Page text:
You invented snowboarding? - I called it "boogie-woogie one-ski." (Frostbite, 2005)
Can you ski on one ski? Chance are, you can — and you can't. Almost everyone can do some skiing on one ski, to the point where I usually incorporate it as a drill for first-day skiers. But very few of us can work our way down a mountain with only one ski under us. For most people, losing a ski at the top of a mountain means walking down to the bottom. For Pawel Babicki, it means finishing a race on one leg:
So, other than getting down after breaking a ski, why would you want to learn to ski on one ski? Skiing on a single ski requires finely tuned skills, because you can't rely on the other ski as a crutch. You have to be able to use one ski to do everything that you need, and not cheat by using the other ski to keep you in balance. This is no easy task, so I'm going to list a few drills in increasing difficulty, and you can judge your own ability to complete them.
The simplest task is to ski on one ski on very easy green terrain, down the fall line. I usually ask people to do this drill on their first day, even before we put a second ski on. If you get your balance too far back, you'll instinctively put your other foot down, so this is a good drill to ensure that your balance is roughly centered.
Next on the difficulty scale would be to traverse across the hill, and pick up your uphill ski. You should be able to do so without slipping sideways down the hill. Have a friend check the ski you lifted, and if you are in balance, the ski should be level with the ground. Again, this is a fairly easy drill that most beginners can accomplish, but having good fore-aft balance will help you succeed.
To raise the difficulty somewhat, try lifting the downhill ski in a traverse. Now we can determine if you are engaging both skis in a traverse, or only your downhill ski. Remember, the uphill edge of both skis should be engaged in a traverse, and any slipping here means that the uphill ski is not engaged. Try bending your uphill leg to get the ski engaged if you have any troubles here.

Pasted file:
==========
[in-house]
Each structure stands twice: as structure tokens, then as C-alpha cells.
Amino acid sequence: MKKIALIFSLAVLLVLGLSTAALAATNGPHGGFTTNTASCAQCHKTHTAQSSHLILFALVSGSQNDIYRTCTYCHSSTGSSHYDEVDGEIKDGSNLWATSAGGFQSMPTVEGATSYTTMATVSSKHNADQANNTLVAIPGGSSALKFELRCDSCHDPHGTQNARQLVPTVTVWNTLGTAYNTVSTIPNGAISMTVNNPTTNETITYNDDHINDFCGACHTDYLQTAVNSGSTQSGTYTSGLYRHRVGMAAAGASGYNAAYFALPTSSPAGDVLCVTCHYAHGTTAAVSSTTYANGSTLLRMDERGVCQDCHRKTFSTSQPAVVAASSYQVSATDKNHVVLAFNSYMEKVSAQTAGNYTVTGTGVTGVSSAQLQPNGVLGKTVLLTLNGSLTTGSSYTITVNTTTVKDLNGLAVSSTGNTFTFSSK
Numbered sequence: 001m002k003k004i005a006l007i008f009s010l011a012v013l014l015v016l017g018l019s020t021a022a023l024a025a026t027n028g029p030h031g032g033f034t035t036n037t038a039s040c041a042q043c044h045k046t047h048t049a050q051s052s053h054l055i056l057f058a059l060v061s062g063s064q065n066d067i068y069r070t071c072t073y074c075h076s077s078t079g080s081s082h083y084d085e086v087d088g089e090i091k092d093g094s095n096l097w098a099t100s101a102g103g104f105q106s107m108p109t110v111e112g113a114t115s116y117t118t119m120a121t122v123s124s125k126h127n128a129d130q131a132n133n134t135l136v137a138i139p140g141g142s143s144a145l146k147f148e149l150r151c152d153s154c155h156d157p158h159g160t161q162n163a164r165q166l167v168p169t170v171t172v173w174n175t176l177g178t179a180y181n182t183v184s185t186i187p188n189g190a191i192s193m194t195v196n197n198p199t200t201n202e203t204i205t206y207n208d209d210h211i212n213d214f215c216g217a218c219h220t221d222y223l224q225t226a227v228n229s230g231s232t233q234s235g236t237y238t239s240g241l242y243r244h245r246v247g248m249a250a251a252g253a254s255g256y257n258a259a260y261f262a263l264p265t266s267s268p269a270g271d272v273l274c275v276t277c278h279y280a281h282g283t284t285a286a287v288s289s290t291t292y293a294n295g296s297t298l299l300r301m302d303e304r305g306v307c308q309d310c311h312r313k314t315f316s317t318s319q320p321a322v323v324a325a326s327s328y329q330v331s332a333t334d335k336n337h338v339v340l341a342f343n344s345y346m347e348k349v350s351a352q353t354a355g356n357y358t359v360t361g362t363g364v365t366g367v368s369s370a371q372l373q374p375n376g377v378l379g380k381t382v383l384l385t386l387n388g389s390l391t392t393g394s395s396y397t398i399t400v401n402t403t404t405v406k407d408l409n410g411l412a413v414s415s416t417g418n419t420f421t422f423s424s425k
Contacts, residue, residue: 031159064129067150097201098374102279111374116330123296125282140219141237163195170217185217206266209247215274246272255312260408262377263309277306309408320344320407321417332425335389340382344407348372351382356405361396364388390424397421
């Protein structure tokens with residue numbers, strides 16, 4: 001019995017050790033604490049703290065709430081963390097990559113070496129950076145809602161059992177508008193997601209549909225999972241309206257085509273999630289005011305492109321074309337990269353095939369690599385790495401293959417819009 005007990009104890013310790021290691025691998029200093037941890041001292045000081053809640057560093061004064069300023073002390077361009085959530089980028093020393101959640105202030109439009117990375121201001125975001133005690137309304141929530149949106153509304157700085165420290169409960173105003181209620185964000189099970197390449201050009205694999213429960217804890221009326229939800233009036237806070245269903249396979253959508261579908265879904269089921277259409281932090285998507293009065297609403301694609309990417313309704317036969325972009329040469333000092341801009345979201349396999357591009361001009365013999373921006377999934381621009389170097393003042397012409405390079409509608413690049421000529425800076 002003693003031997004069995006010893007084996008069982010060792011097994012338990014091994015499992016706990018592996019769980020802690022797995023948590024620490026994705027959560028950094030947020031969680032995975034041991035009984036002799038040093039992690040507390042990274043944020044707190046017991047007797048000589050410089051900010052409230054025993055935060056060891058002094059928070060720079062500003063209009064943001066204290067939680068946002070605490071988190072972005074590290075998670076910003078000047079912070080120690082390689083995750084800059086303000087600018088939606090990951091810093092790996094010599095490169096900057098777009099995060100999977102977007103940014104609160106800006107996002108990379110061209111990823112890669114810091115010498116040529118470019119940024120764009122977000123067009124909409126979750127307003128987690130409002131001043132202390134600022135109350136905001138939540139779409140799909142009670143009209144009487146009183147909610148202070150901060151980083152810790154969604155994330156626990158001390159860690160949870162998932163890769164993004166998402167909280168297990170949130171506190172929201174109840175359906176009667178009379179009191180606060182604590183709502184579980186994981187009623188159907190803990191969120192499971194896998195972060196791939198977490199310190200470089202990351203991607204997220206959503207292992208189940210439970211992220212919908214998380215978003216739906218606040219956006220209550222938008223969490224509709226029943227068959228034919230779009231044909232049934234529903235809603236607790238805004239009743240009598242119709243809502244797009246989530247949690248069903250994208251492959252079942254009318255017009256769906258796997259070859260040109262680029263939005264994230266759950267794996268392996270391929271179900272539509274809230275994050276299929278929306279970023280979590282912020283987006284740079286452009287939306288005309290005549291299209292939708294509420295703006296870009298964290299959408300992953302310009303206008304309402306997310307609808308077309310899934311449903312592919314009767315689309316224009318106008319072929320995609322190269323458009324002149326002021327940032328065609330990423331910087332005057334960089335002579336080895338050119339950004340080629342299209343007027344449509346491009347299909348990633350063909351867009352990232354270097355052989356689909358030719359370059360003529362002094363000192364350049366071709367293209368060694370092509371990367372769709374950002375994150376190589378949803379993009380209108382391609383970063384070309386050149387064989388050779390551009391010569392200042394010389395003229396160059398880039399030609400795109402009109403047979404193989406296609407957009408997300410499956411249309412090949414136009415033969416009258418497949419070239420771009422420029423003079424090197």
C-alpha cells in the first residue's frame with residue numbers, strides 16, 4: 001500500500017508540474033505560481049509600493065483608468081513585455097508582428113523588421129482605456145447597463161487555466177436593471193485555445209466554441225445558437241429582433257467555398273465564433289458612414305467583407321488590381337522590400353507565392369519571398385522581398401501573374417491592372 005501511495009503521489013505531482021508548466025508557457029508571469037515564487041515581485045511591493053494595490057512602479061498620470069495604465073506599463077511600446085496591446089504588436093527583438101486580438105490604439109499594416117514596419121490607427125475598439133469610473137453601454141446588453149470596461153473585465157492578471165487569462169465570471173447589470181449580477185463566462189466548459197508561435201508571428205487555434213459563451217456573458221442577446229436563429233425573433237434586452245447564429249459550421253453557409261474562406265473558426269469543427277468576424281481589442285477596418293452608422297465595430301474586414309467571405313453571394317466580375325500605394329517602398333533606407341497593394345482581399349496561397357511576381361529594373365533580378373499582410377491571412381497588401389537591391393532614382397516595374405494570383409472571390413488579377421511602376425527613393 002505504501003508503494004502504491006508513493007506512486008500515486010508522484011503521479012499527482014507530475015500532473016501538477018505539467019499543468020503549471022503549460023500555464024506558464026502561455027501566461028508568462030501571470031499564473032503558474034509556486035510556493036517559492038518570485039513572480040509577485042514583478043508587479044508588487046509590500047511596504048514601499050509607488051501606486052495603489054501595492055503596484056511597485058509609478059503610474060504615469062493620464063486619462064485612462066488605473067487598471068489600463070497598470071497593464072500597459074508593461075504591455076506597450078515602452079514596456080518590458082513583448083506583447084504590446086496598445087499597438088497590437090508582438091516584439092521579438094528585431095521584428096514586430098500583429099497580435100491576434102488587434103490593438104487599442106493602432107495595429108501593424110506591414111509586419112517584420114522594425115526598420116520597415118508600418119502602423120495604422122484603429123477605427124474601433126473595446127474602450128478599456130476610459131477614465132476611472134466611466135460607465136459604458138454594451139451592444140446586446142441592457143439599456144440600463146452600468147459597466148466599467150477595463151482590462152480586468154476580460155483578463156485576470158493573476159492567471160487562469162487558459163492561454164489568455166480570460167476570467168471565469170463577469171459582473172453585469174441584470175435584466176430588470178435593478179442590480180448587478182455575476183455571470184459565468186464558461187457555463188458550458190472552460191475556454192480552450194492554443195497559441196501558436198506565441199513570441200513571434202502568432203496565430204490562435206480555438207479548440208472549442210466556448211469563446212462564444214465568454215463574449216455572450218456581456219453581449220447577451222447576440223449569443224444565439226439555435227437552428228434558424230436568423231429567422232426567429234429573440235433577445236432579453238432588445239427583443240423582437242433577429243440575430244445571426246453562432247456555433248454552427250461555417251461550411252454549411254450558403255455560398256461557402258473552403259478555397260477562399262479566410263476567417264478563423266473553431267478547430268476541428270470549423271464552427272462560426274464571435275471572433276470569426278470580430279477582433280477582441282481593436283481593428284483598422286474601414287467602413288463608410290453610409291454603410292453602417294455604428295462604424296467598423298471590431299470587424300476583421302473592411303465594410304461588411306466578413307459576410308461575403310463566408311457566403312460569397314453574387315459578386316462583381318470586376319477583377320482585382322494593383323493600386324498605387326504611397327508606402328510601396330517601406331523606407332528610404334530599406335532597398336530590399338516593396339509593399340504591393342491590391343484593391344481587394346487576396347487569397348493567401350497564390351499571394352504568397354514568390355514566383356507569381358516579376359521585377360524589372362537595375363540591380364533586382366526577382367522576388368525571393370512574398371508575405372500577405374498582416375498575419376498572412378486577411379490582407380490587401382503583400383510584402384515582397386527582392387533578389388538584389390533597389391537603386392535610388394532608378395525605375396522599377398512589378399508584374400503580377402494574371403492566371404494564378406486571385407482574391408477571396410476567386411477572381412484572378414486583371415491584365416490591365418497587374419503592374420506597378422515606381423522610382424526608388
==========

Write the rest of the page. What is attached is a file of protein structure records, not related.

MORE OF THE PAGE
Next up you can attempt to turn with only one ski. Keep both skis on, and as you enter a turn lift the inside ski up off the snow. If your balance is good, this won't prove as difficult as it sounds. The reality is we normally get almost all of our turning force from the outside ski, so as long as you can handle the reduced based of support, you should be able to turn fine. Focus on fore-aft balance, and that will keep your lateral balance issues in check.
If most of the turning force comes from the outside ski, then you have probably realized that turning to the inside is where the difficulty lies. If you've never attempted this before, move to extremely easy terrain... The easiest green you have, preferably very short. Take your poles, but leave a ski behind. You'll want to just lift one foot, but it's a lot easier to ski on one ski without the extra weight dragging down your unused foot, so go ahead and leave it behind. Start slow, and ski down the slope.
The keys to accomplishing this are having your weight forward, and not letting the lack of a ski go to your head. Use pole touches, even on green terrain. Both legs should have a lot of flexion and extension, even the leg that never touches the snow. Extend it on the inside turn, and flex it on the outside turn. This will help you get the edge of the remaining ski fully engaged into the snow. Stay calm and confident, and do everything the same way you would if you were skiing perfectly on two skis. If you can use either ski to turn either direction, you're truly skiing efficiently!